Q: What's the difference between Normal Heights and East San Diego? Or Normal Heights and University Heights? Or Normal Heights and a dozen other fading, middle-class San Diego neighborhoods?
A: The Normal Heights sign.
You know it, the ponderous red and white presence strung up over Adams Avenue between what's now the Taoist Sanctuary and the liquor store just west of Felton Street. Its electricity was disconnected years ago and the smaller painted letters, which proclaim "Adams Avenue Business District" have faded so badly that they're scarcely legible. Still, the sign is Normal Heights' most significant landmark. Taking heed of them, the neighborhood's one-year-old community group had determined to restore the neon beacon to the days of its former glory.
A few members of the community still remember those days, like Fred Schoebinger, who managed the Piggly-Wiggly on Adams Avenue for 21 years. He says authoritatively that it was in 1951 when the Adams Avenue Business Association held monthly bingo parties to raise the $2300 to buy the sign. Signmaker Leroy Martin, who had his shop on Felton, built it, and the association closed down Adams and partied to celebrate the first lighting of it. "It was blue at night, and it was very beautiful," Schoebinger remembers.
But over the years the business association's membership waned, and the sign eventually languished. When the traffic signal was installed at Felton, the sign's electrical wires were in the way, so the power to the sign was disconnected. Another signmaker named Joe Jackson bought Martin's sign shop, and about seven years ago Jackson arose early one Sunday morning, closed off half the lanes on Adams, and completely repainted the sign (he hoped to collect money from the merchants to to pay for the job, but ended up shouldering the costs himself). Now the new community group is planning a fundraising drive to pay for repainting the sign again, as well as restoring the neon lighting. Community association president Steve Temko says, "We're thinking of having a raffle and letting the winner turn on the lights. Or we may try to get the oldest person in Normal Heights to turn on the sign."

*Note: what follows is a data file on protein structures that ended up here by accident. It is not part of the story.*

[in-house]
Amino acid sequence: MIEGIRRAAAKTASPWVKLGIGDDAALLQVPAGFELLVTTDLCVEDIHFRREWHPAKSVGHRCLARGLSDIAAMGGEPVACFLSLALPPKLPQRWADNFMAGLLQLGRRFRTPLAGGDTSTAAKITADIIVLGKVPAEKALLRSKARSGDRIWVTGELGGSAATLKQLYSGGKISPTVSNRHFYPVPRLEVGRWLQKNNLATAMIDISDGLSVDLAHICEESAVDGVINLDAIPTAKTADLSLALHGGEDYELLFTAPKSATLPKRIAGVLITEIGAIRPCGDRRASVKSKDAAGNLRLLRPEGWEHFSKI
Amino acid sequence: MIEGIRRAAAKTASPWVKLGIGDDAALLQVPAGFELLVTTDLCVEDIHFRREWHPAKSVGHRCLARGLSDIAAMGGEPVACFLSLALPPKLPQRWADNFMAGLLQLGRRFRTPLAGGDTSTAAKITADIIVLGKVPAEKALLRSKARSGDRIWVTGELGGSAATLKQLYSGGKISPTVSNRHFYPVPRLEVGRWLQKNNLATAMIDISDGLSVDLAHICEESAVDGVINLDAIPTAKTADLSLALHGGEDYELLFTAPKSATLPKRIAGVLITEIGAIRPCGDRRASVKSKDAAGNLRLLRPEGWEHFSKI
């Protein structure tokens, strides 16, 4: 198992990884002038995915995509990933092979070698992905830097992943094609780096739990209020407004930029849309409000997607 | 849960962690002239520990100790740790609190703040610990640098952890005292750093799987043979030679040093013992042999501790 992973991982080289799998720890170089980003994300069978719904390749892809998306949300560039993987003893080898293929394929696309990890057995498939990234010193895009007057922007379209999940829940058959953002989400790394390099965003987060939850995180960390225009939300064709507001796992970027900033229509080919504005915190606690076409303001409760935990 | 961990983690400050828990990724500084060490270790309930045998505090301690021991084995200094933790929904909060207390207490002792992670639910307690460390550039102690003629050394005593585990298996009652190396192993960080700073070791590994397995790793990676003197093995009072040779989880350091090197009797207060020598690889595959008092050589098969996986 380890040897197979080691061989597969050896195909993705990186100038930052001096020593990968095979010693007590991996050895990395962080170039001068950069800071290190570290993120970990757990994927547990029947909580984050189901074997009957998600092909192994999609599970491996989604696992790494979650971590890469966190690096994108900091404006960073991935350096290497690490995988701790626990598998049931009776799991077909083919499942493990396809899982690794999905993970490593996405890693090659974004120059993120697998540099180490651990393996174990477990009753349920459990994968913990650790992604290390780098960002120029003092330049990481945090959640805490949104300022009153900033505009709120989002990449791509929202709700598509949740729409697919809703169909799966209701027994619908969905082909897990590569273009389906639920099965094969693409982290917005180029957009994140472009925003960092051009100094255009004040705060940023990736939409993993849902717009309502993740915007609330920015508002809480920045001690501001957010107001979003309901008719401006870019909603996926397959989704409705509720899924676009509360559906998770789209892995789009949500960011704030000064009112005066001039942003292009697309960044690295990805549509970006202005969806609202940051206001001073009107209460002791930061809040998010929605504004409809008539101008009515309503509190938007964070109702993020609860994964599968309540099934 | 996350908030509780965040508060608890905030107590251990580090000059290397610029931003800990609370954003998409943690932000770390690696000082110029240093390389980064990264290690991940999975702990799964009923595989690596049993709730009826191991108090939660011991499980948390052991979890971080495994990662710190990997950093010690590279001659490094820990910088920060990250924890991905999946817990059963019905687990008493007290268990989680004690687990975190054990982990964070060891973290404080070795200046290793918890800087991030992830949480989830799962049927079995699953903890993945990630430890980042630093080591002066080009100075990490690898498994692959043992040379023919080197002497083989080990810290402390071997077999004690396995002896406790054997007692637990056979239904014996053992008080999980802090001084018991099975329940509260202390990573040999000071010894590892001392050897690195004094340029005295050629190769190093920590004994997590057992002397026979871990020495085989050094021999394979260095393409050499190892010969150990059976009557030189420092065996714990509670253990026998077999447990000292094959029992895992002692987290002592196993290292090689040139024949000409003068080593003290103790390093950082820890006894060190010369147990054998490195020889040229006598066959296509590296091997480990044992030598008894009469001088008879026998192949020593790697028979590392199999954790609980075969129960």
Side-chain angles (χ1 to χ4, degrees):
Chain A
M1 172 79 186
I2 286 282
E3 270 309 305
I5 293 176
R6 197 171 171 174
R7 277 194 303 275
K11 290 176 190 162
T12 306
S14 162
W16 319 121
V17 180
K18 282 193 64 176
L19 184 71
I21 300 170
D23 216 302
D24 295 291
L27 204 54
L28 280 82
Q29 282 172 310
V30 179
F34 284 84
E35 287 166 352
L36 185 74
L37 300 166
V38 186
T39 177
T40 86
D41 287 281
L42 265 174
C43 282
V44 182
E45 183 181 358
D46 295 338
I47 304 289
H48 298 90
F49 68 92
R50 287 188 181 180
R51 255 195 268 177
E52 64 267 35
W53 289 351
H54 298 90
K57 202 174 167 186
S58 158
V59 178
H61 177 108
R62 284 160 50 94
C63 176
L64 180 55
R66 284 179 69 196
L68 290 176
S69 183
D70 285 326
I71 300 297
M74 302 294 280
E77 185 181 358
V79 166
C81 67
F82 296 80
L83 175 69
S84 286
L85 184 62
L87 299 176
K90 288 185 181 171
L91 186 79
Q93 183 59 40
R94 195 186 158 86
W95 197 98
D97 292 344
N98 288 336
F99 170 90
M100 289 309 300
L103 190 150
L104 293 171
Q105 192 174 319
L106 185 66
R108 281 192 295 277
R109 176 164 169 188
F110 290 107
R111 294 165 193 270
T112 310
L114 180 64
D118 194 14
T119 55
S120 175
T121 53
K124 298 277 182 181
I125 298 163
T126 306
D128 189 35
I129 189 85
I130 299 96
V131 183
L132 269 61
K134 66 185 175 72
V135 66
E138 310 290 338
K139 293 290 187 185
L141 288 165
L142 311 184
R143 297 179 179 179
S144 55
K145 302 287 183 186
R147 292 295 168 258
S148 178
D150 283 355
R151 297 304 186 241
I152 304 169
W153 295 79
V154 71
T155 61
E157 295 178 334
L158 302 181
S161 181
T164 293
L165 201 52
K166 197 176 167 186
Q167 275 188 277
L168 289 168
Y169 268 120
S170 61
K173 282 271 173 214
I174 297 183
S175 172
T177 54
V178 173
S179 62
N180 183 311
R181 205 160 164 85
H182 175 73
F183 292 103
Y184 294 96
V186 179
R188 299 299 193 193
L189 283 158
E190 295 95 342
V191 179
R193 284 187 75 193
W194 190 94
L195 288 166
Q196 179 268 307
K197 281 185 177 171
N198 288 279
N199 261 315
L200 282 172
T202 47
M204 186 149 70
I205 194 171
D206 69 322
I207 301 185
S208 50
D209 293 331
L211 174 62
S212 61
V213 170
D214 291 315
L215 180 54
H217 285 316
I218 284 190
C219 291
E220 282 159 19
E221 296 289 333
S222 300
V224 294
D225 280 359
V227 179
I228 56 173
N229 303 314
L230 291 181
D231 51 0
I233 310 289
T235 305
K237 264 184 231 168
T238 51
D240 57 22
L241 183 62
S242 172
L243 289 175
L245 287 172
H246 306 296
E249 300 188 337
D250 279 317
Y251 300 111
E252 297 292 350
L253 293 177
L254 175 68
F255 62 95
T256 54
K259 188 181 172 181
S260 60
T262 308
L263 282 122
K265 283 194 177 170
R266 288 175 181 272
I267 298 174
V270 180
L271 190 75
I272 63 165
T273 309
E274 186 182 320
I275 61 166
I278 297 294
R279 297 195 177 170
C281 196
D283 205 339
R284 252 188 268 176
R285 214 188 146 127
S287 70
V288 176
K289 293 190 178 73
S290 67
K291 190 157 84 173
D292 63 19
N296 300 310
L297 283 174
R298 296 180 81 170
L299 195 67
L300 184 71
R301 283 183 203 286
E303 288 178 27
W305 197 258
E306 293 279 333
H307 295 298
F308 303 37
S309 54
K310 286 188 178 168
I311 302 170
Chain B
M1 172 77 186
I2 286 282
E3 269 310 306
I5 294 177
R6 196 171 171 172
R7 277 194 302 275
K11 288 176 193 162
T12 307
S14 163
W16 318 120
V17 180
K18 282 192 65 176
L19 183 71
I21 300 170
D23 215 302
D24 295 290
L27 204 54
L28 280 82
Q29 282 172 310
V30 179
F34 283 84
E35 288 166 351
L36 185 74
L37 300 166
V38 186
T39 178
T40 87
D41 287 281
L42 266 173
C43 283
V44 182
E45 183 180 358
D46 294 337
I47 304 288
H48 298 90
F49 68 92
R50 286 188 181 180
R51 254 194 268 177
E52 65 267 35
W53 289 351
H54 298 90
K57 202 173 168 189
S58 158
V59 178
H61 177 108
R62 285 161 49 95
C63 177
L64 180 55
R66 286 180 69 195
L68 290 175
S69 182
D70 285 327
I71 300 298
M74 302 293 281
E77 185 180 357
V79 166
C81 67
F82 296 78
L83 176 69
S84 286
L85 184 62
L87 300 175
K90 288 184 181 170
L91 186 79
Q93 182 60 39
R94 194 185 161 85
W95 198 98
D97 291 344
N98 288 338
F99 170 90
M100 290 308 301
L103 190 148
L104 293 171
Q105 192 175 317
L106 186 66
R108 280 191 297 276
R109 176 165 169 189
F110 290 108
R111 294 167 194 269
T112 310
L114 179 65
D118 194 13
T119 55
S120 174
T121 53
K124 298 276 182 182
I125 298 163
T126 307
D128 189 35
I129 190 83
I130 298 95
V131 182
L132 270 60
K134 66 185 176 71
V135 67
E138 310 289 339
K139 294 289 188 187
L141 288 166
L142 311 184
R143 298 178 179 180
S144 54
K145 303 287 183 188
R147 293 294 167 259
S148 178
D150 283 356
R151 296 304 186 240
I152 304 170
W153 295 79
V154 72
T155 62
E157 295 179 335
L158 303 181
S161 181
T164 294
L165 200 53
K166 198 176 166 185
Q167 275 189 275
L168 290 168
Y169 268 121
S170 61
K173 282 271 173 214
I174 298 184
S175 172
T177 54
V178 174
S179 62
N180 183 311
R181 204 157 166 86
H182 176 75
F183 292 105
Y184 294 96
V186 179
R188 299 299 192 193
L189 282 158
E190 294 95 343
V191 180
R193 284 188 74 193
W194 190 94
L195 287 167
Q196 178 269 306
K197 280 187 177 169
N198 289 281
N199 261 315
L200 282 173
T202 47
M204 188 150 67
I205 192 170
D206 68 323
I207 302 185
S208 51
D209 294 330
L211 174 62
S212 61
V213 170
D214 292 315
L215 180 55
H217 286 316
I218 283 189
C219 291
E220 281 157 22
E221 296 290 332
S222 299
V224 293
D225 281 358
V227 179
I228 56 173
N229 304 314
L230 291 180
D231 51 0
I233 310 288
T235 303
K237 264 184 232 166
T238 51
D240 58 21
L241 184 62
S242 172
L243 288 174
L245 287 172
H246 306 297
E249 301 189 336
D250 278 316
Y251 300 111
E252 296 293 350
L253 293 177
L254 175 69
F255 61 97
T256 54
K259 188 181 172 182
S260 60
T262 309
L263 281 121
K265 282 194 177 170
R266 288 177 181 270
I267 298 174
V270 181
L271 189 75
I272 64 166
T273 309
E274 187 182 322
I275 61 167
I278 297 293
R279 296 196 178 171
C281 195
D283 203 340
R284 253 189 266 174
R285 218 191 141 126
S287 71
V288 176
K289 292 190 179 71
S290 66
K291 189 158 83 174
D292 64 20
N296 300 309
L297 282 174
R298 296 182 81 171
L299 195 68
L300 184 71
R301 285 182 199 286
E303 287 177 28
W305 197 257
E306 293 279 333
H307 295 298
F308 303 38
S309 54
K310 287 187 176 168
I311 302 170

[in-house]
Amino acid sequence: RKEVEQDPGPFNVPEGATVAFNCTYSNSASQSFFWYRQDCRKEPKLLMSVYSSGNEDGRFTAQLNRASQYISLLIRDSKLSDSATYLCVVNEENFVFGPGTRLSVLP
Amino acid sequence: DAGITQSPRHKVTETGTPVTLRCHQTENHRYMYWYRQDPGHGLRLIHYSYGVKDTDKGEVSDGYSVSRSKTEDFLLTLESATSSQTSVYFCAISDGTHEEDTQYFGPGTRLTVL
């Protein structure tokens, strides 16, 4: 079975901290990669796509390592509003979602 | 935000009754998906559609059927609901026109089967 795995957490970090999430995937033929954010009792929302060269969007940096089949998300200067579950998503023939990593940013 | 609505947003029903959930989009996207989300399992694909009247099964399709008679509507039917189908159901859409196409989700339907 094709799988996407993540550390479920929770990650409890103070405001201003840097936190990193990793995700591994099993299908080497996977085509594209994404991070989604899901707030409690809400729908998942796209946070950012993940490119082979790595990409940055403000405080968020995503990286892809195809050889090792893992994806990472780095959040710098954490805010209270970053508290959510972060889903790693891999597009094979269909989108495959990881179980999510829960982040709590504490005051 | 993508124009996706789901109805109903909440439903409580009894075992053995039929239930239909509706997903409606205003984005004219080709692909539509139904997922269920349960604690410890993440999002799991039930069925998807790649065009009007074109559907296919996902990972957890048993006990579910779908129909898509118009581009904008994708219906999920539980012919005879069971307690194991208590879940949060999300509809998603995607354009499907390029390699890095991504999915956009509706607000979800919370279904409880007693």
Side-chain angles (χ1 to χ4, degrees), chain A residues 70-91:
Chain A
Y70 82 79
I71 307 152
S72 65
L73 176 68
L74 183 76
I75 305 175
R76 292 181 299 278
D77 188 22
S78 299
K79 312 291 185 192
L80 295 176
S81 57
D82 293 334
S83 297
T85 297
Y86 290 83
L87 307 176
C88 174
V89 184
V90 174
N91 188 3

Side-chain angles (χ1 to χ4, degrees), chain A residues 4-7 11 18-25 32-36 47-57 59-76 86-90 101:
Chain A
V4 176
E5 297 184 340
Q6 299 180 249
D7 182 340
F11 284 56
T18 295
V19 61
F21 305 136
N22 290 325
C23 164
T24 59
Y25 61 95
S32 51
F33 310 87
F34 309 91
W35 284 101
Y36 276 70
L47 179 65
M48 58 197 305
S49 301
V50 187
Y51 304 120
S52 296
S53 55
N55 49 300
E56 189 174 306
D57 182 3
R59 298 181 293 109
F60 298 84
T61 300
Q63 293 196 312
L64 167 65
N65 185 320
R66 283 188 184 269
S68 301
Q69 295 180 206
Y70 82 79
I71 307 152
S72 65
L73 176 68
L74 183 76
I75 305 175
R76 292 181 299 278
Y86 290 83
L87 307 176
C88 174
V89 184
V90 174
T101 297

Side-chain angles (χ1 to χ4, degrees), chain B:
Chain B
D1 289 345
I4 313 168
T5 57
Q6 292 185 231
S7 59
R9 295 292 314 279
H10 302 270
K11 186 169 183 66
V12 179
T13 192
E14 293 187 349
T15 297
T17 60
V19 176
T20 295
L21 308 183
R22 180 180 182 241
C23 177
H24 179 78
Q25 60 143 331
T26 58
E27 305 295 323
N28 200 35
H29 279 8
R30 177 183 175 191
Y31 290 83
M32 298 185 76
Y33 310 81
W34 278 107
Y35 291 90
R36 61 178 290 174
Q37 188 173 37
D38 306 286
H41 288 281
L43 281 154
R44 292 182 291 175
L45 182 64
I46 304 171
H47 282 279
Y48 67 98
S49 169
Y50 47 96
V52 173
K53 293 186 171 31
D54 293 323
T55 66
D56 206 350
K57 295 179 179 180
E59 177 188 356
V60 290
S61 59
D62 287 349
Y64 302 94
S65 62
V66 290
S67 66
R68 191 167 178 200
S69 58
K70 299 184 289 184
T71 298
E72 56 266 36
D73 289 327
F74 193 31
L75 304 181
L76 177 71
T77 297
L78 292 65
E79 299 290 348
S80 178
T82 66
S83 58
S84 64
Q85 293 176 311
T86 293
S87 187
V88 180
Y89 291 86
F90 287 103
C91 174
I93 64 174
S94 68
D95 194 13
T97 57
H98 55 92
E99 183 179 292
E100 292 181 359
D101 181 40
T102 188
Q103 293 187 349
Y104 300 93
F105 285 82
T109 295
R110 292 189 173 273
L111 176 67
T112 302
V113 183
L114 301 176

The community association is looking to Jackson to handle the restoration task, particularly since Jackson currently maintains the similar sign in Kensington. Jackson says its neon is less elaborate than that on the one is Normal Heights, but the Kensington sign does light. The Kensington Talmadge Community Association spends about 14 dollars a month to have it glow from dusk to about 11:30 each night. If the Normal Heights relighting succeeds, then those two will be the only such signs which still work in the city. (The HIllcrest sign has been dark for years, and similar signs which once proudly marked the neighborhoods of North Park and East San Diego have since been altogether removed.)
Though certainly the showiest, those overhanging street signs aren't San Diego's only neighborhood markers. The city's traffic engineer, Don Robbins, says at least 15 years ago the city began manufacturing small blue signs to be posted at the borders of different neighborhoods. They announce, "Entering [the particular neighborhood name], A Community of San Diego."
Robbins says to obtain such signs a neighborhood must secure the consent of the surrounding communities (to forestall any boundary disputes). Then the city will manufacture and install them (free of charge) on the major arteries leading into that neighborhood. Although Robbins says the city has never kept track of which communities have such signs, he says he thinks they're installed at least in Mira Mesa, Otay Mesa, Pacific Beach, Clairemont, North Park, Mission Hills, San Carlos, Del Cerro, Mission Beach, and Point Loma. At least three neighborhoods are currently seeking to install the blue community signposts, including City Heights, San Ysidro — and Normal Heights, which wants them erected on Adams Avenue (both at I-805 and at 40th Street), on El Cajon Boulevard (both 34th and 35th), and on Meade Street (again both at I-805 and 40th).